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43 states and DC add construction jobs during the past year, but only 22 states added construction jobs between April and May amid labor and supply shortages

Forty-three states and the District of Columbia added construction jobs during the past twelve months, but momentum slowed in May with only 22 states adding jobs, according to a new analysis of federal employment data released by the Associated General Contractors (AGC) of America on June 17. Association officials said the monthly employment gains lagged in May as contractors continue to cope with labor shortages and supply chain challenges.

Data for DC, Maryland and Virginia (statewide) with the number of jobs in February, 2020, May 2021, April 2022 and May 2022 with one and 12-month gains or losses and national ranking

  • District of Columbia 15,600 14,900 15,300 15,300 0 0.0% 23 400 2.7% 26
  • Maryland 167,300 160,200 161,700 163,100 1,400 0.9% 9 2,900 1.8% 32
  • Virginia 207,300 206,100 206,200 205,100 -1,100 -0.5% 31 -1,000 -0.5% 46

“Demand for construction appears to be outpacing the availability of workers and materials in many parts of the country,” said Stephen E. Sandherr, the association’s chief executive officer. “Contractors can’t add jobs if they don’t have workers to hire or supplies to install on projects.”

Construction employment increased in 43 states and the District of Columbia between May 2021 and May 2022 and declined in seven states. Texas added the most construction jobs for the year (54,600 jobs, 7.5 percent), followed by California (27,800 jobs, 3.1 percent) and Tennessee (14,200 jobs, 10.6 percent). New Mexico had the largest percentage gain (12.8 percent, 6,000 jobs), followed by Tennessee and Rhode Island (10.2 percent, 2,000 jobs).

Kentucky shed the most construction jobs over 12 months (-2,300 jobs, -2.9 percent), followed by Arkansas (-2,000 jobs, -3.6 percent) and Hawaii (-1,600 jobs, -4.3 percent). The largest percentage losses were in Hawaii, Arkansas and Kentucky as well.

In May, only 22 states added construction jobs, 25 states lost jobs, and there was no change in three states and the District of Columbia. Texas added the most construction jobs over the month (10,600 jobs, 1.4 percent), followed by California (7,100 jobs, 0.8 percent) and Minnesota (4,100 jobs, 3.2 percent). Minnesota had the largest percentage gain, followed by Tennessee (1.8 percent, 2,600 jobs) and Texas.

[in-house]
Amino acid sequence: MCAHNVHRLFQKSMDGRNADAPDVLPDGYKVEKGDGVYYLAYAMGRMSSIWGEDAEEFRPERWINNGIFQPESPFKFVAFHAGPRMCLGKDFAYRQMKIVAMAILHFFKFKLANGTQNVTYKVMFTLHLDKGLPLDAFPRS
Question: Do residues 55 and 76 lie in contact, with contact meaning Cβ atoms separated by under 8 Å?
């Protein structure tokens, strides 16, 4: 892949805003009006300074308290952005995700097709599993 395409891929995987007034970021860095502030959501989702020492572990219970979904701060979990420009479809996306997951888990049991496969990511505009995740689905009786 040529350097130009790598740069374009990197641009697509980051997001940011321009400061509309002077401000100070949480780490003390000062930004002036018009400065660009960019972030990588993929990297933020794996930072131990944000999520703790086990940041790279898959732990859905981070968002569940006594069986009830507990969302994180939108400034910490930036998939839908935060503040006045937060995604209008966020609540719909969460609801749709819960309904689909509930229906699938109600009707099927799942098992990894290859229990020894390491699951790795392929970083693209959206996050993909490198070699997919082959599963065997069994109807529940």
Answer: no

New York lost the most construction jobs last month (-5,100 jobs, -1.3 percent), followed by Florida (-4,000 jobs, -0.7 percent) and Ohio (-3,700 jobs, -1.6 percent). North Dakota (-3.0 percent, -800 jobs) and Wyoming (-3.0 percent, -700 jobs) had the largest percentage losses, followed by Iowa (-2.6 percent, -2,100 jobs).

Association officials urged public leaders to continue investing in programs to inform and prepare workers about high-paying construction career opportunities. They said too few students and workers are even aware of the many opportunities that exist in the construction industry. And they pushed the Biden administration to remove remaining tariffs on construction materials and do more to ease supply chain challenges impacting the availability of many different types of construction materials.

“Contractors need people and products to build projects, and the supply of both is very constrained right now,” said Sandherr, the association’s chief executive officer. “Exposing more workers to high-paying construction career opportunities and fixing the supply chain will help put more people to work in the industry.”

Mark Buckshon
Mark Buckshonhttps://washingtonconstructionnews.com
Mark Buckshon is the publisher and interim editor of Washington Construction News. He is also president of the Construction News and Report Group of Companies. He combines a journalism and business background, and has published construction trade publications for more than 30 years, after an earlier career in journalism, which culminated when he lived through the transition from Rhodesia to Zimbabwe in 1978-80 as a sub-editor for the Bulawayo Chronicle and a correspondent for a Canadian news service.

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